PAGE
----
David Hayward is an author and a prolific artist. He is also kind, empathetic, curious, gentle and patient when speaking about others and his life story. His gentleness is palpable in the respect he gives when referring to someone by their proper pronouns as we discuss a mutual connection. David, like most of my guests has an incredibly fascinating life story, the kind that every time I hear I think “that should be a movie.” He’s lived several lifetimes in this one life.
I’m instantly feeling a connection to David’s life story because of my own lived experience. We have a lot of common ground between the both of us. He left his religion of origin (and role as clergy) as a minister in an Presbyterian Church called The Vineyard where he later left after years of unreconciled thoughts related to the infallibility of the Bible, controlling clergy, and deep questioning and curiosity on his part to understand the truth of this life.
I feel like I’m walking along side David as he unpacks his origin story, I imagine young David sitting down in a library and thumbing through a Buddhist text he found, as he’s telling me the story. I recognize this zest for information and curiosity as I have this deep inside of me, as I am sure you do too. We talk about the luxury of the modern world and this tool called the internet that allows us to fact check as fast as our fingers can type. I tell him how there were true, tangible constraints to my own unlearning because of lack of access to information. I mention, how I feel certain this might be the undoing of the old world church we were both raised in, that trades in fear, control, and assurance that no one questions anything.
David has authored many books, “Questions are the Answer: Naked Pastor and the Search Understanding” uses his artwork to teach the reader how David has come to understand differences between being a “Closed” Christian (or institution) to an “Open” one. Teaching the reader how they navigate crossing the bridge from closed religion to opening, expansion and an understanding of their own spirituality. Like many of us on the spiritual path, David’s curiosity has become a spiritual practice and he articulates a deep reverence for questioning, he honors the unknown.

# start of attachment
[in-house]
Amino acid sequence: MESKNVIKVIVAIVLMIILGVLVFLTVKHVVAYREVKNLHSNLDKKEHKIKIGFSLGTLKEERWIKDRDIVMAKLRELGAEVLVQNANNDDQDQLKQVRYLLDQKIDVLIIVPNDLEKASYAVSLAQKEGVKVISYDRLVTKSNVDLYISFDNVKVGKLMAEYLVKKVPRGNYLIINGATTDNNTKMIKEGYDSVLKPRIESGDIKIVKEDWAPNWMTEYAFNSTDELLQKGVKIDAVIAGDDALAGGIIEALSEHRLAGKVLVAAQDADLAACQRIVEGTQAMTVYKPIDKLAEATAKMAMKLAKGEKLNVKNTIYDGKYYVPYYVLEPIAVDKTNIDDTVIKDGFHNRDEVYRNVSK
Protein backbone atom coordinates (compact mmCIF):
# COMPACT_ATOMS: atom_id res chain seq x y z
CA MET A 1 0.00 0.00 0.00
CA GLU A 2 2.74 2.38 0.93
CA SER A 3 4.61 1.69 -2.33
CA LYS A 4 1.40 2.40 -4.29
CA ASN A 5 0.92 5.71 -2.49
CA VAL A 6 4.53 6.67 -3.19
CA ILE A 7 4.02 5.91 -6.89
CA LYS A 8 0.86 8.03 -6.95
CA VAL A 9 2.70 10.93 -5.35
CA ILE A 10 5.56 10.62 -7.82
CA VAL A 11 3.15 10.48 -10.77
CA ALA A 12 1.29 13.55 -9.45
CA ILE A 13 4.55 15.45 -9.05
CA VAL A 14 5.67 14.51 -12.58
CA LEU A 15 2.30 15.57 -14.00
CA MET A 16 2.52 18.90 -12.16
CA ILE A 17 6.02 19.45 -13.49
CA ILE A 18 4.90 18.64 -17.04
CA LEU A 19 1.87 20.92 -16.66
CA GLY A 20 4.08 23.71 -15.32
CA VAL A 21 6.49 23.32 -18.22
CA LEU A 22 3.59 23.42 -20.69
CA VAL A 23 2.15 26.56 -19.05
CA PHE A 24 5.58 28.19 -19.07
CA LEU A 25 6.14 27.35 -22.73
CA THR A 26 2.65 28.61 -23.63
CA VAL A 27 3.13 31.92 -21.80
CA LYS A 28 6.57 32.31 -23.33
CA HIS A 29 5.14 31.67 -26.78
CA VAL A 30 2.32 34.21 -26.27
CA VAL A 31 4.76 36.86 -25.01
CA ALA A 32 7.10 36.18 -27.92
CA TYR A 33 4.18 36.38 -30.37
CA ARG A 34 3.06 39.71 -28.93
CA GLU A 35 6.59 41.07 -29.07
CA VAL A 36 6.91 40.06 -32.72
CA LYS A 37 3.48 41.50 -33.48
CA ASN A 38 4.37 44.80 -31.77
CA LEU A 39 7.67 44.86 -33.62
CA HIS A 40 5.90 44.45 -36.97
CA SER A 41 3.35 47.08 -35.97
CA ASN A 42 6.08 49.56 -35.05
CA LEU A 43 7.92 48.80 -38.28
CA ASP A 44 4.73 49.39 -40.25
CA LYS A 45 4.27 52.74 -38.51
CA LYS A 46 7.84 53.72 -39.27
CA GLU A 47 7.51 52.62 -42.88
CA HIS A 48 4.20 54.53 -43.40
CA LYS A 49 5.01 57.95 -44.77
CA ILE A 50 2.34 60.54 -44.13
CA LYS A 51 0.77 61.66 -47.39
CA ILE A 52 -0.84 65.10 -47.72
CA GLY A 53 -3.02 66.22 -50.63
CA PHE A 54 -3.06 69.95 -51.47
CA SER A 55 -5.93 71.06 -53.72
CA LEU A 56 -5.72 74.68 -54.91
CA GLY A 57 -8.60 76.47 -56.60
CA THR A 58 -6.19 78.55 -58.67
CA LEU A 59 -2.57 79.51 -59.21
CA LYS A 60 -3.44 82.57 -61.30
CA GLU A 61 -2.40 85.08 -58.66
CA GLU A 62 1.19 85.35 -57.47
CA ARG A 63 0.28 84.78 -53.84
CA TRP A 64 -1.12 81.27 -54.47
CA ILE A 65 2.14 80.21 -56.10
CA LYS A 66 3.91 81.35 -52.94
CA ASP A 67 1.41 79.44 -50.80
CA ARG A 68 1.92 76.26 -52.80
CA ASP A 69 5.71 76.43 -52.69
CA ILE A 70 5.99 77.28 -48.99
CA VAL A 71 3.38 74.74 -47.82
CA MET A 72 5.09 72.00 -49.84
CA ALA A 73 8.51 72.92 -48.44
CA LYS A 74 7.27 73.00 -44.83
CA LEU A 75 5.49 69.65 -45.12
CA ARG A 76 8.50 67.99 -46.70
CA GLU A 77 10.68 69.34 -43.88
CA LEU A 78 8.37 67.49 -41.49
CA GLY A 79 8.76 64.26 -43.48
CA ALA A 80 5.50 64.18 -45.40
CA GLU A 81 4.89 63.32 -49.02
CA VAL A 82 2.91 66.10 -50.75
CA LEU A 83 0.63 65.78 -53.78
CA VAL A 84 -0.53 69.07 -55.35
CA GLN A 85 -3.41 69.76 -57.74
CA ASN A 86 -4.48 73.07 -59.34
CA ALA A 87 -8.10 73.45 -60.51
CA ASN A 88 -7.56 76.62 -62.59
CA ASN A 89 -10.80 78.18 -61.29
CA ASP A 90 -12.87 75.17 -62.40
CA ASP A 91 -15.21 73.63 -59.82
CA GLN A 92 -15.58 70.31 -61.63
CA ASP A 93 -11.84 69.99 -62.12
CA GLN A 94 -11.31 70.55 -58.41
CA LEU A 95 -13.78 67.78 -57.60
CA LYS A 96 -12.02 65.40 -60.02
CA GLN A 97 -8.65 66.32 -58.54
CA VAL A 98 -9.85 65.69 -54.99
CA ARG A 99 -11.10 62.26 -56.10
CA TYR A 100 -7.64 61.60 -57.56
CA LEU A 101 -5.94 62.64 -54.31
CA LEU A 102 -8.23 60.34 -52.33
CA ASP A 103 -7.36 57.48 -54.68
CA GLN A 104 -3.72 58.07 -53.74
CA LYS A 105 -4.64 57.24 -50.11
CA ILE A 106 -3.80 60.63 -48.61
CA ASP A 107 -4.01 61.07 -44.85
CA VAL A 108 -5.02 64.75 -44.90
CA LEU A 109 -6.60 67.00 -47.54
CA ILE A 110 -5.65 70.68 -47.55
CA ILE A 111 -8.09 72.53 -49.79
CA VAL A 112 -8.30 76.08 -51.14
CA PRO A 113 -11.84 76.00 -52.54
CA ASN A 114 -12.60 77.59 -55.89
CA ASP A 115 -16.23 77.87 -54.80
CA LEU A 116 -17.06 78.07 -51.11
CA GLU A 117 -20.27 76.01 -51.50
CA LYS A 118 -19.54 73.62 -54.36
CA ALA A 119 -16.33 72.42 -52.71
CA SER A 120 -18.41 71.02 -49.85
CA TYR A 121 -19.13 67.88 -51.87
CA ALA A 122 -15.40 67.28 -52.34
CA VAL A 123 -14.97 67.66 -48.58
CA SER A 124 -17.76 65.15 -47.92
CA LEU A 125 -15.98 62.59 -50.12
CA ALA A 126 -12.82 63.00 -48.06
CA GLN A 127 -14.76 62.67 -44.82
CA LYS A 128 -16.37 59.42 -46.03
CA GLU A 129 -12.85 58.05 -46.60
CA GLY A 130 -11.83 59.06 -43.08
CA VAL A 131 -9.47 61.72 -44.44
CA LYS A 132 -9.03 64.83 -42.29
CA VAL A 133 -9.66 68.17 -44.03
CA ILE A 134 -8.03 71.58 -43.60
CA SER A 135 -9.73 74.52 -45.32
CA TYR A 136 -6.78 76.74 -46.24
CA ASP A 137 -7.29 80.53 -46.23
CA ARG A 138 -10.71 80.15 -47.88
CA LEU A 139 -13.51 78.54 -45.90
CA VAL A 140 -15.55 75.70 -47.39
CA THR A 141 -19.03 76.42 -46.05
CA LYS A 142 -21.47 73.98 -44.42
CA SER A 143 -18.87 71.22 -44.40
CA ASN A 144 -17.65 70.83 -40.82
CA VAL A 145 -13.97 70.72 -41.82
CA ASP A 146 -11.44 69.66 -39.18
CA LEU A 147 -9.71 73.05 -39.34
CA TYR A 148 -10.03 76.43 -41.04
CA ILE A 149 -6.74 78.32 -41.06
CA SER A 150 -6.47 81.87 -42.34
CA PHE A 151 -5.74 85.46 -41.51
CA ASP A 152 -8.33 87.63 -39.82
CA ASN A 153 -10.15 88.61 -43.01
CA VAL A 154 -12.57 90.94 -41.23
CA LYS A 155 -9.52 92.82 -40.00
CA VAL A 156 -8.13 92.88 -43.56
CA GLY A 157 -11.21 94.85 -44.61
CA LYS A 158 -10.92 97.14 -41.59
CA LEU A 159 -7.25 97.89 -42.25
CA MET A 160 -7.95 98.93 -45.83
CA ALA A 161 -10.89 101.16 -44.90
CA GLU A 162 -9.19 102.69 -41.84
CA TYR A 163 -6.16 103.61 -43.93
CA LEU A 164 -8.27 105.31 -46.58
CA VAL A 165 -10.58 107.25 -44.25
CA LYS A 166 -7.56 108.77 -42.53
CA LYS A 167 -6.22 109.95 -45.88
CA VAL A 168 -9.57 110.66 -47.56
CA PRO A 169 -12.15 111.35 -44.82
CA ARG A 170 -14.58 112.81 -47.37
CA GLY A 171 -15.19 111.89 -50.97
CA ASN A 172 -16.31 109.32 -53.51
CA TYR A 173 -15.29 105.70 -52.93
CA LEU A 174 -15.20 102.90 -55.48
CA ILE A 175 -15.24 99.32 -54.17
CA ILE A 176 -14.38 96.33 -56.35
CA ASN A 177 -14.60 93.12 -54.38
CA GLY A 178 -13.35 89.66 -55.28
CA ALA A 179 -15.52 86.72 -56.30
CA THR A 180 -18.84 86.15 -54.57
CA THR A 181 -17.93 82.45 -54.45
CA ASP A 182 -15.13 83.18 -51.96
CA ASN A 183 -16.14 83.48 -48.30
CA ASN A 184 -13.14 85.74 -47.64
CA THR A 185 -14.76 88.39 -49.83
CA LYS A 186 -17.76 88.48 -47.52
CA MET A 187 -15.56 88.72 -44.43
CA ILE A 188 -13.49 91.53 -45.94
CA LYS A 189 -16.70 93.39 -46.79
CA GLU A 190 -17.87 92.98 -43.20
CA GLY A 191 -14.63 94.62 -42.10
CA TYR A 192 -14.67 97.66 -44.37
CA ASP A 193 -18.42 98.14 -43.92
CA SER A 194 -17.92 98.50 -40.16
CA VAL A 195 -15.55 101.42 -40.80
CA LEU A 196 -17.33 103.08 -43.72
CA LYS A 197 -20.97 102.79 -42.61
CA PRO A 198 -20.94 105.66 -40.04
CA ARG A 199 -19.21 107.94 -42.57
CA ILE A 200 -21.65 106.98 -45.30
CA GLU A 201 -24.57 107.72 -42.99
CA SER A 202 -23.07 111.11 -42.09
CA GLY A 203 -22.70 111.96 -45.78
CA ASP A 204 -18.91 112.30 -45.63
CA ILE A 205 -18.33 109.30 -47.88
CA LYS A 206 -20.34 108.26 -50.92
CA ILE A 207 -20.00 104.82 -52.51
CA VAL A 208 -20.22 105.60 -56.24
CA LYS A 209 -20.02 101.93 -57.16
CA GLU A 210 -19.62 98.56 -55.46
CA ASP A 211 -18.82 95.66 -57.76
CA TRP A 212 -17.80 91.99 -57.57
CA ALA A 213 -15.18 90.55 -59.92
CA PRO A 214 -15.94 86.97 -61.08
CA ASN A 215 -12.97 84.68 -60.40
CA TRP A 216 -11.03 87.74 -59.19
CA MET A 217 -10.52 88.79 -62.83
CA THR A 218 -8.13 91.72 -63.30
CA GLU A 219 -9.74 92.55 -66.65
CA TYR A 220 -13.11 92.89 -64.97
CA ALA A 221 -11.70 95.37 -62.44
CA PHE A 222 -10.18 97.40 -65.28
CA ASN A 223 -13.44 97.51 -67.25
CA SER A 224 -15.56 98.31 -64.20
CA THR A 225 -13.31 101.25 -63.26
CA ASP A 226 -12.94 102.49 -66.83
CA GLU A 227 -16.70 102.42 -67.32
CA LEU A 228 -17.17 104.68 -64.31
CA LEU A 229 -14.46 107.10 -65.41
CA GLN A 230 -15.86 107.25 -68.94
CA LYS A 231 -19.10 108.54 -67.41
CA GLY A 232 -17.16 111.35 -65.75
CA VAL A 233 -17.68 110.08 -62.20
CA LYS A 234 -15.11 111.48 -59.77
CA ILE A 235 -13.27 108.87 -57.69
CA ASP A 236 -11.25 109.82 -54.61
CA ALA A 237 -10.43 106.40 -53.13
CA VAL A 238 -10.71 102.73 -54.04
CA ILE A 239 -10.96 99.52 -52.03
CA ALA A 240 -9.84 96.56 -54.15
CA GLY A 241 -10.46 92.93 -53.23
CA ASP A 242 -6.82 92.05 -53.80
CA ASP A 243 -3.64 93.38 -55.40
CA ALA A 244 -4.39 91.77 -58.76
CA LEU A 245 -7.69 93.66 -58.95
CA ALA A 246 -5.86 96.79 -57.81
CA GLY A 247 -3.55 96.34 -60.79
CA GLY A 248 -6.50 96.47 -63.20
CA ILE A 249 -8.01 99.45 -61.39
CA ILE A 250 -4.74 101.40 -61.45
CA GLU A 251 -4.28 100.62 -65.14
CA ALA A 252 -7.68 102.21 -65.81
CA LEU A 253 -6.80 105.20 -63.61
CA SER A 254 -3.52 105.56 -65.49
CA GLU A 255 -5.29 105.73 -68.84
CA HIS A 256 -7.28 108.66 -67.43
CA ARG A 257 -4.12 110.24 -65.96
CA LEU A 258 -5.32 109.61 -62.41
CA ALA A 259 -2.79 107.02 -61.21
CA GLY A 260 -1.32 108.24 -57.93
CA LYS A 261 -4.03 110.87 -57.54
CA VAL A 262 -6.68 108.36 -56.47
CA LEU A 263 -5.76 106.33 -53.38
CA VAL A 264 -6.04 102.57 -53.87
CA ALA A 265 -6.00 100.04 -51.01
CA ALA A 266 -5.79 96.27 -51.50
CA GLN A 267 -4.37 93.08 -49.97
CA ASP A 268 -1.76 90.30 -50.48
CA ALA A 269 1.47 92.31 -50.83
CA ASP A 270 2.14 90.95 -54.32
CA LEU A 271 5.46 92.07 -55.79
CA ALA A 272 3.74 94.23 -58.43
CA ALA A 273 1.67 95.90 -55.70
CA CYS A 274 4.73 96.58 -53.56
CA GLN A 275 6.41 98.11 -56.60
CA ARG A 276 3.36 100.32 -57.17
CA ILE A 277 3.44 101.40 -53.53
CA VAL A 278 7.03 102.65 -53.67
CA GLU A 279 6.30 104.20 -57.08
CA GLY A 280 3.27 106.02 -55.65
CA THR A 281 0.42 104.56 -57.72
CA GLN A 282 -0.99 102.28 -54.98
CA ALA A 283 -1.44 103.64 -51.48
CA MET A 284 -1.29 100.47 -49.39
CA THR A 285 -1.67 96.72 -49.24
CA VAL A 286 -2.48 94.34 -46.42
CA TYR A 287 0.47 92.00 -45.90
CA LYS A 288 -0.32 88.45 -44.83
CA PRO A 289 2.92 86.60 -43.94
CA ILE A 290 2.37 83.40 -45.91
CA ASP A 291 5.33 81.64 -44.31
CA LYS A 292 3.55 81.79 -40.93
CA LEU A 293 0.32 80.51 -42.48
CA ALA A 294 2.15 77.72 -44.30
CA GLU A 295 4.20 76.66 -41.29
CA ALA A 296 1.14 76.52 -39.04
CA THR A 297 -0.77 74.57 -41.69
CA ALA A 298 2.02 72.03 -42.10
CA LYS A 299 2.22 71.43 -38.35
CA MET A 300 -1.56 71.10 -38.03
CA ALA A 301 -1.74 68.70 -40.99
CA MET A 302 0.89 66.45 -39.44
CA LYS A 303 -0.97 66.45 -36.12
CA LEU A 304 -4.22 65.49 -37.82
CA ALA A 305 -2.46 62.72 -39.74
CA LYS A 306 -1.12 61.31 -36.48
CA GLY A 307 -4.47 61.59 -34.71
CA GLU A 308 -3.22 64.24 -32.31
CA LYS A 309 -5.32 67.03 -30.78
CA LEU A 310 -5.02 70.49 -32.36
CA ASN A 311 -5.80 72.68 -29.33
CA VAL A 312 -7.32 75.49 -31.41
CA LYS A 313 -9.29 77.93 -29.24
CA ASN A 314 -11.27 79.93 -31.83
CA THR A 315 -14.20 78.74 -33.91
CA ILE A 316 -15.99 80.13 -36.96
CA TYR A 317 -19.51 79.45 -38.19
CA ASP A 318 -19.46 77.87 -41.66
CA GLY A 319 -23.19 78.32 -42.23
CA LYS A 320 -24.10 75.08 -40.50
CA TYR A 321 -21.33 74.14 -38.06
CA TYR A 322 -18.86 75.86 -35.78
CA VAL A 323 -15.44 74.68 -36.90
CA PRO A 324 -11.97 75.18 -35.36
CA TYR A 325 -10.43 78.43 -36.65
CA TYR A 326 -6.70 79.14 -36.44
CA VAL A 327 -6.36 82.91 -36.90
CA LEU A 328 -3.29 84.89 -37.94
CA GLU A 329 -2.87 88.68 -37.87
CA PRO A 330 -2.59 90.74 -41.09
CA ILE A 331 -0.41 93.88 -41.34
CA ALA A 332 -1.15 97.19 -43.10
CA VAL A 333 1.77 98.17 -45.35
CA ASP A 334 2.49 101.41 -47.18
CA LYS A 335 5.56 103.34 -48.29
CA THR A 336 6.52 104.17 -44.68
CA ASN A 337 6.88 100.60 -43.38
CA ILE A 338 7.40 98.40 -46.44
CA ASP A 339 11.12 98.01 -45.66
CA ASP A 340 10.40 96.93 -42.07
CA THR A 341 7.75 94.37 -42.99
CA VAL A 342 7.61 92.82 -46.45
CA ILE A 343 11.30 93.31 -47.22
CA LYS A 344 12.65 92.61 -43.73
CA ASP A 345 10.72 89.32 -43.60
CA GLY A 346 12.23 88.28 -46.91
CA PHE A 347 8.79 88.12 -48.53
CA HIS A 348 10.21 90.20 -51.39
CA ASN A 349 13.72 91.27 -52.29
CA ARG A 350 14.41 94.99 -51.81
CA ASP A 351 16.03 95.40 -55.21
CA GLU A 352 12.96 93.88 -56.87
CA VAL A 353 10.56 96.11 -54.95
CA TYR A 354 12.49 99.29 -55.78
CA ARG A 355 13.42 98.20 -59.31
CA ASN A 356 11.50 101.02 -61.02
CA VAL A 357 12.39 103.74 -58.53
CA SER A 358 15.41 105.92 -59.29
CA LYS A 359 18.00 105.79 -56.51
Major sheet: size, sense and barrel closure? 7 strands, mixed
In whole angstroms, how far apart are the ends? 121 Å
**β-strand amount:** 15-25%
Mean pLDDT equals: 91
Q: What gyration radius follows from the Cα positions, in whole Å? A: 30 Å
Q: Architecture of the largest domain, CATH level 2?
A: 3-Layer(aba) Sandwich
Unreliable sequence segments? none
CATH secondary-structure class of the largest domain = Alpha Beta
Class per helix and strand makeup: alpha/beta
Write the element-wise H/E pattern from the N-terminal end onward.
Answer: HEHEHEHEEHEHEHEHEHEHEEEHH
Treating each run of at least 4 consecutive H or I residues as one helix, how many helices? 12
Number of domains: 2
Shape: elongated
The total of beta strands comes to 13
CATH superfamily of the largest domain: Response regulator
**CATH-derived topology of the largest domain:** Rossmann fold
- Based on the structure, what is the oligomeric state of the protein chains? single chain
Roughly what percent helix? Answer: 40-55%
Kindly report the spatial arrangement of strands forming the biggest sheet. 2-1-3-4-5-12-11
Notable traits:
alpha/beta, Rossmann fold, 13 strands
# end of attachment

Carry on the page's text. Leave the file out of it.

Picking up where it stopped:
David’s expansion was broken wide open when he had an epiphany moment, in 2009 where he saw the truth of oneness and universal connection. He noticed, that the thing that continued to keep us and our religions divided was language. He knew all religions and philosophies were in a sense saying the same thing and pointing each human being in the same direction. He lost a lot when he walked away from his religion and position as a clergyman. I can hear in his voice, the pain I hear in many of my guests who have made this same pivot in their life. Although we are on the other side of an experience, the memory of it can still sting. And I feel compassion for David in this moment, for what he’s lived through.
He found his calling and his flock soon after this.
He took to creating art that reflected his insights and understanding. He worked to give a voice to the voiceless and those of us cast out from our families and religious institutions for questioning and desiring to have self-agency and liberation in our one precious life. He became an ally and refuge for the LGBTQ+ and BIPOC communities who need a soft, resonant landing to fall on.
In our podcast interview, I told David his work reminded me of Mother of Teresa, and that he embodies her essence in the art world. Supporting those who have no support, those who barely have anyone to care for them, those who are struggling to survive and be nourished spiritually and mentally. Those who are told they do not count and they do not matter. Those who have no one to turn to, when everyone has turned away from them. He’s stretched out his arms wide, like any good shepherd would do and embraced all of us in need of solace, understanding, love, grace, and charity. But most of all the dignity of our one universal humanity.
Just like Mother Teresa did.